Cpl. Waverly Woodson Jr. spent 30 hours treating the wounded at Normandy — all while enduring the pain from his own severe injuries.
A bipartisan coalition of U.S. lawmakers is working to push for a special posthumous award for an American hero of World War II whose bravery was not properly recognized.
According to CNN, Army medic Cpl. Waverly Woodson Jr. was among the countless medical professionals deployed to the battlefield during the war, saving untold lives in his wake. He was part of the 320th Barrage Balloon Battalion — the only all-Black unit that landed on Omaha Beach on D-Day.
Like other veterans of WWII, Woodson was awarded a Bronze Star and a Purple Heart for his valor and even received honors from the French government, too. His heroism during that fateful day should have earned him another accolade — the Medal of Honor, the highest military honor in the U.S.
Yet, it didn’t and many suspect it was because he was Black.
Lawmakers involved in the push for Woodson’s Medal of Honor recognition say that Black soldiers weren’t considered for the honor at the time. Now, 15 years after the veteran’s death, U.S. lawmakers are trying to make amends.
“Cpl. Waverly Woodson never received the Medal of Honor for his outstanding courage and bravery at the Battle of Normandy where he saved many of his soldiers, and he was denied that Medal of Honor because of the color of his skin,” said U.S. Sen. Chris Van Hollen, a Democrat from Maryland.
He added that the absence of a Medal of Honor to Woodson’s name was “a historical injustice.”
Lawmakers behind the proposal have been working with his widow, Joann, to award the late veteran with the highest award for his service. Unfortunately, many records of his heroism have been lost which has made it challenging to make his case.
“I want to thank all of you for being so concerned and being at my back to see if we can right this wrong, or to at least have the recognition that my dear beloved husband deserved,” Woodson’s 91-year-old widow said of the proposal’s announcement.
If the proposal is approved by U.S. Congress, she plans to donate her husband’s Medal of Honor to the National Museum of African American History and Culture in Washington, D.C.
During the war, the 320th Barrage Balloon Battalion deployed balloons designed to protect troops on Omaha Beach from attacks by Nazi fighter planes. Woodson suffered serious shrapnel wounds to his inner thigh and his back even before getting off his landing craft.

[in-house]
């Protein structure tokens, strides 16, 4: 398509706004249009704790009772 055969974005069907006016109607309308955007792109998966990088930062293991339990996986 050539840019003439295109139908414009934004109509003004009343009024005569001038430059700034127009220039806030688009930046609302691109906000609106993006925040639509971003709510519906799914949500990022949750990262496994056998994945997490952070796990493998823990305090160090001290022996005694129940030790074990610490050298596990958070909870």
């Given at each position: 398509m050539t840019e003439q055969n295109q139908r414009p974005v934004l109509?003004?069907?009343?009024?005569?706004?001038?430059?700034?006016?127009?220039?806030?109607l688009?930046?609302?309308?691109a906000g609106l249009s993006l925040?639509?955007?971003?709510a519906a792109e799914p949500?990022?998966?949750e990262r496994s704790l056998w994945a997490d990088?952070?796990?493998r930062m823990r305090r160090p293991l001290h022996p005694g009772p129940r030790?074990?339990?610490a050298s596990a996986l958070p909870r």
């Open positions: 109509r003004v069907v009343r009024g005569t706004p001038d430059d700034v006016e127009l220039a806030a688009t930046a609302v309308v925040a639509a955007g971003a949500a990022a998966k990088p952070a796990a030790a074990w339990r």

Yet, he persevered and treated wounded troops on the beach for 30 hours in the midst of hail fire from enemy forces.
“He worked through his pain to save lives,” journalist Linda Hervieux, who wrote about the Black battalion in her 2015 book Forgotten, said about Woodson’s actions on D-Day.
“He pulled out bullets, he patched wounds, he dispensed blood plasma, he amputated a right foot. And when he thought he could do no more, he rescued four drowning men. Thirty hours after, he collapsed from his own injuries.”
According to Joann, after the war, her husband worked in clinical pathology for 38 years at the National Institutes of Health. His specialized interest was in the practice of open-heart surgery.
“He was always dedicated to whatever he did, and he did a good job, but I really do feel that with the knowledge he had gone much further,” she said. It wasn’t until decades after the war that Black troops were reconsidered for the Medal of Honor award.
President Bill Clinton awarded the medal to seven Black soldiers in 1997. Woodson had been shortlisted but his nomination fell through due to lack of documentation.
Lawmakers have resurrected Woodson’s case with the research from Hervieux’s book as supporting material in lieu of his missing documents. Woodson’s lack of documents isn’t unusual; much of the country’s World War II archives were destroyed in the fire at the Army’s Personnel Records Center in St. Louis in 1973.
An estimated one million Black Americans served during World War II yet, like Woodson, they were largely unrecognized. Hopefully, that grave disservice will be rectified soon.
Next, learn about the Buffalo Soldiers, the first all-Black peacetime regiments of America’s Western frontier, and then meet Charity Adams Earley, the highest-ranking African American woman officer of World War II.